Canada: Section 11 Orders Unfair

As published by the Globe and Mail, February 6, 2008 (

The case against the Competition Bureau's no notice subpoenas.

Industry Minister Jim Prentice's probe into the Competition Bureau's use of Section 11 orders in its investigation of the Labatt/Lakeport merger provides a welcome opportunity for the Bureau to restore a greater degree of balance and fairness to its investigations.

Currently, the Bureau's practice is to seek these court orders, which require the production of significant amounts of information, without any notice to the affected parties. In our view, the lack of notice is not only unnecessary in most circumstances, but also unfair. Providing prior written notice to parties that are required to expend extraordinary resources and divert important management time to respond to such orders should be the norm and not the exception.

On January 28, 2008, a Federal Court judge set aside two Section 11 orders previously obtained against Labatt and Moosehead by the Commissioner of Competition as part of her ongoing inquiry into the Labatt/Lakeport beer merger. The judge found that the Commissioner's original applications were "misleading, inaccurate and incomplete". As a result of those decisions, Minister Prentice requested an investigation of the Bureau's conduct.

The Senior Deputy Commissioner of the Mergers Branch of the Competition Bureau has been quoted in the press as stating that the Bureau has reviewed what it had provided to the Court and is satisfied that it "did everything appropriate" in terms of providing the Court with the relevant and necessary information.

We are not writing here to comment on the specific merits of these two decisions. Our concern relates to the Competition Bureau's practice of consistently applying for Section 11 orders without notice to the persons who will have to comply with them. This concern has been building within the Canadian business and legal community for some time, as the Bureau has been resorting to Section 11 orders more frequently.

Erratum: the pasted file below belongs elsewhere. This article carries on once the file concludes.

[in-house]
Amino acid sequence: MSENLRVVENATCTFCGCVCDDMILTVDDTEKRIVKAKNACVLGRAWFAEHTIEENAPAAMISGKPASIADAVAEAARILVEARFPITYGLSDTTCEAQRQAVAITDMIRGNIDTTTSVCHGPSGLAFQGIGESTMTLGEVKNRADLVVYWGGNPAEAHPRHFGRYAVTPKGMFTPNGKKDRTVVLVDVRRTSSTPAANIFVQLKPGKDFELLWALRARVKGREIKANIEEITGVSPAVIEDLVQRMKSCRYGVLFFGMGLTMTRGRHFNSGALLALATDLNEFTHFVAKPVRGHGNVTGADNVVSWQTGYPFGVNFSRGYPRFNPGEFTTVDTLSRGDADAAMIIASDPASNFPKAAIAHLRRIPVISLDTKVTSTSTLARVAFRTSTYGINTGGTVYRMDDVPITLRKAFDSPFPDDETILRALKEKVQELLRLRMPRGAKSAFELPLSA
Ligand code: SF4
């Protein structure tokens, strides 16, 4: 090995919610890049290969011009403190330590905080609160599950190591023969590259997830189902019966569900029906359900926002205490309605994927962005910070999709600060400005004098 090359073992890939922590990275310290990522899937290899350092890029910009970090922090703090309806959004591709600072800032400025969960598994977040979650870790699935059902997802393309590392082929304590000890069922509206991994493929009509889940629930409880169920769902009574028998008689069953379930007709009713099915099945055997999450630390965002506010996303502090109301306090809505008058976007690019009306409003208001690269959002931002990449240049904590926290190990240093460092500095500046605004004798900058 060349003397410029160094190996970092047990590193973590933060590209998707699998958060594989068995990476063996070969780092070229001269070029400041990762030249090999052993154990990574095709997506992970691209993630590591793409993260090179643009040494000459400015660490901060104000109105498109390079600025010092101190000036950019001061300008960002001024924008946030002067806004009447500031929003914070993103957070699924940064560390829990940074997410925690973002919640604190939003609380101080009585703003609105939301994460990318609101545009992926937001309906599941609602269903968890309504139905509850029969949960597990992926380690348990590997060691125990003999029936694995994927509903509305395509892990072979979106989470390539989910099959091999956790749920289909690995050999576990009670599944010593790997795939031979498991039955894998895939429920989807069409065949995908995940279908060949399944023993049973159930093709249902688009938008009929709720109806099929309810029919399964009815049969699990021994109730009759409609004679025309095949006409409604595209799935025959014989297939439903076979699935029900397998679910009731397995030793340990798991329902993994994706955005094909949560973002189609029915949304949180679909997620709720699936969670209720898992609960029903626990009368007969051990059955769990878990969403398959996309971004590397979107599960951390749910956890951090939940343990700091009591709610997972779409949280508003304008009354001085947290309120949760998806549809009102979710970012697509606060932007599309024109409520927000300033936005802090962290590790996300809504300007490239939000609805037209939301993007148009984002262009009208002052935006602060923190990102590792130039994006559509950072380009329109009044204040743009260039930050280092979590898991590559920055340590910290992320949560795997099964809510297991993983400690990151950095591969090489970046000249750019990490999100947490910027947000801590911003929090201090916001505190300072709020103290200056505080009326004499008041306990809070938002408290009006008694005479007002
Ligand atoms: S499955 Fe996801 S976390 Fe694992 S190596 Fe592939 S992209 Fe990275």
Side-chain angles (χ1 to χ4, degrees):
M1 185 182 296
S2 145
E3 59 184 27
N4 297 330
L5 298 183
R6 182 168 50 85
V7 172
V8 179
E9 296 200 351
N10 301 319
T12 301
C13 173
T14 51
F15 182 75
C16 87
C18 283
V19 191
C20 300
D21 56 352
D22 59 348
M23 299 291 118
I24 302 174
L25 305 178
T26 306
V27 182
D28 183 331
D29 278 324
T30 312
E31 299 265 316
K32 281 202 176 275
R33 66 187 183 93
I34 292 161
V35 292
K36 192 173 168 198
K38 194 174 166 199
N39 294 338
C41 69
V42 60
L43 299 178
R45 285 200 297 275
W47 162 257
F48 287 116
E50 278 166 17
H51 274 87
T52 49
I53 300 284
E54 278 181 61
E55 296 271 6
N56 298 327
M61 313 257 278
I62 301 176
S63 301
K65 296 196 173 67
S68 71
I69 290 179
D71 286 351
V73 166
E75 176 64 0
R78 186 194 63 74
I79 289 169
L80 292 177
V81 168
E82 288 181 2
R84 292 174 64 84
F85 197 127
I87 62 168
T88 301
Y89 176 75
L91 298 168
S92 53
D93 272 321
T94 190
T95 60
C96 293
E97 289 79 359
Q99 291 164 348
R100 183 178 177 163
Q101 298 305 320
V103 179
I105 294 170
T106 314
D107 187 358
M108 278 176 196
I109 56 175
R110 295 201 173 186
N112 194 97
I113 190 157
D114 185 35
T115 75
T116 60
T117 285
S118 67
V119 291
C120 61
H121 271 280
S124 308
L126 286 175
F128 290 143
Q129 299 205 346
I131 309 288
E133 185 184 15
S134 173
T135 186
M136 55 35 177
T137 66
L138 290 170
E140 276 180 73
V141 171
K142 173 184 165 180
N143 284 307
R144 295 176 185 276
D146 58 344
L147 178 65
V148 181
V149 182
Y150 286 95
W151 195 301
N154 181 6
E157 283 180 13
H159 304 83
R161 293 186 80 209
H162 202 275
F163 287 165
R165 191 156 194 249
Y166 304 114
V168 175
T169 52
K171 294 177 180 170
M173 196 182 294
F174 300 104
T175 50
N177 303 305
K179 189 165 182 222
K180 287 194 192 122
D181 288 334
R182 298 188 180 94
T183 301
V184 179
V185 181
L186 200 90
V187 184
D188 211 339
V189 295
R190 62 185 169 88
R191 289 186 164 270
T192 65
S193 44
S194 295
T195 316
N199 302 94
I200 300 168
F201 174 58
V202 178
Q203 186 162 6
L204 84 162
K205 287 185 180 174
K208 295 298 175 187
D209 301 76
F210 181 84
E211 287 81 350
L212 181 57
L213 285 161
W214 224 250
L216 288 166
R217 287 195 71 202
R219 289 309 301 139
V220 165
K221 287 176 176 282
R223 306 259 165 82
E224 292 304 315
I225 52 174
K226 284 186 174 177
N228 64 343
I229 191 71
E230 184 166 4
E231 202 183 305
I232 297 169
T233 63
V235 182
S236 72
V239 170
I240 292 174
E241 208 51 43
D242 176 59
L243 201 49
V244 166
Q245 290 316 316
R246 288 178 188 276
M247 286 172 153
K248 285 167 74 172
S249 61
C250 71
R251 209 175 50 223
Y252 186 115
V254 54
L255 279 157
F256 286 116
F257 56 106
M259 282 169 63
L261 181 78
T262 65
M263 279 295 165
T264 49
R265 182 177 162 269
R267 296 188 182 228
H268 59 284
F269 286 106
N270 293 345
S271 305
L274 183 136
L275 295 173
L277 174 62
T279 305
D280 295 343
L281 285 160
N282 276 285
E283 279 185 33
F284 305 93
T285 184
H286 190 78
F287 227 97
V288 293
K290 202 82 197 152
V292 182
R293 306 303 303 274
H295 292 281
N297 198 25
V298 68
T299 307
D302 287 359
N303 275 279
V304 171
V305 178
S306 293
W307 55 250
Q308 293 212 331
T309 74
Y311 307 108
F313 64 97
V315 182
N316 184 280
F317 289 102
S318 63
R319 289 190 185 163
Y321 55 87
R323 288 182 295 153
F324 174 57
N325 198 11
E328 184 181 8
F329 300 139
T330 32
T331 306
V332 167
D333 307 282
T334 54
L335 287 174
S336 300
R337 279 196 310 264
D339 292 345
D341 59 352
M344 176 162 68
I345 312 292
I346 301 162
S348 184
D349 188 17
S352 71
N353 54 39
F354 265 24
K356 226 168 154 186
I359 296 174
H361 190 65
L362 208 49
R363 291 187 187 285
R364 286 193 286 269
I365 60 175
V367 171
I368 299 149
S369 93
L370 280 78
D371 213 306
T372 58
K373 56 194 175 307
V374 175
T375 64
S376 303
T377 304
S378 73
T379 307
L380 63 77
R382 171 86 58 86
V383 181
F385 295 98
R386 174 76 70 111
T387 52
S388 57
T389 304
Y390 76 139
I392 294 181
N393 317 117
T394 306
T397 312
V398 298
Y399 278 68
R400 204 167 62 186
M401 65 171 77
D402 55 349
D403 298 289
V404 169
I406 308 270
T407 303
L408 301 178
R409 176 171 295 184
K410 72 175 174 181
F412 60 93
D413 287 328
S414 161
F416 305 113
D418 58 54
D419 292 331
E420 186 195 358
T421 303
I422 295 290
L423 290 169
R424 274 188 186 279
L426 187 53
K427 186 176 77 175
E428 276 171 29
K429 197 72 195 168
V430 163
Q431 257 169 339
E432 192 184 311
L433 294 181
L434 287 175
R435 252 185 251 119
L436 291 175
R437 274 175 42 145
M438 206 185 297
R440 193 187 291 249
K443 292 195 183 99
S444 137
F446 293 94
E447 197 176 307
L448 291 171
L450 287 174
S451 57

First some background. Section 11 of the Competition Act allows the Commissioner to apply to a Court for an order that is similar to a subpoena. Section 11 orders can be issued against anyone likely to have information relevant to an inquiry by the Commissioner – not just merging parties, but also customers and suppliers. Such orders can require a company to produce documents and answer questions in writing, often within a very short time.

Responding to such orders can require massive volumes of documents and information, including extensive searches of computer records and electronic databases going back many years. These orders also frequently require the creation of new types of reports or data streams. Once a Section 11 order is issued, grounds for appeal are limited.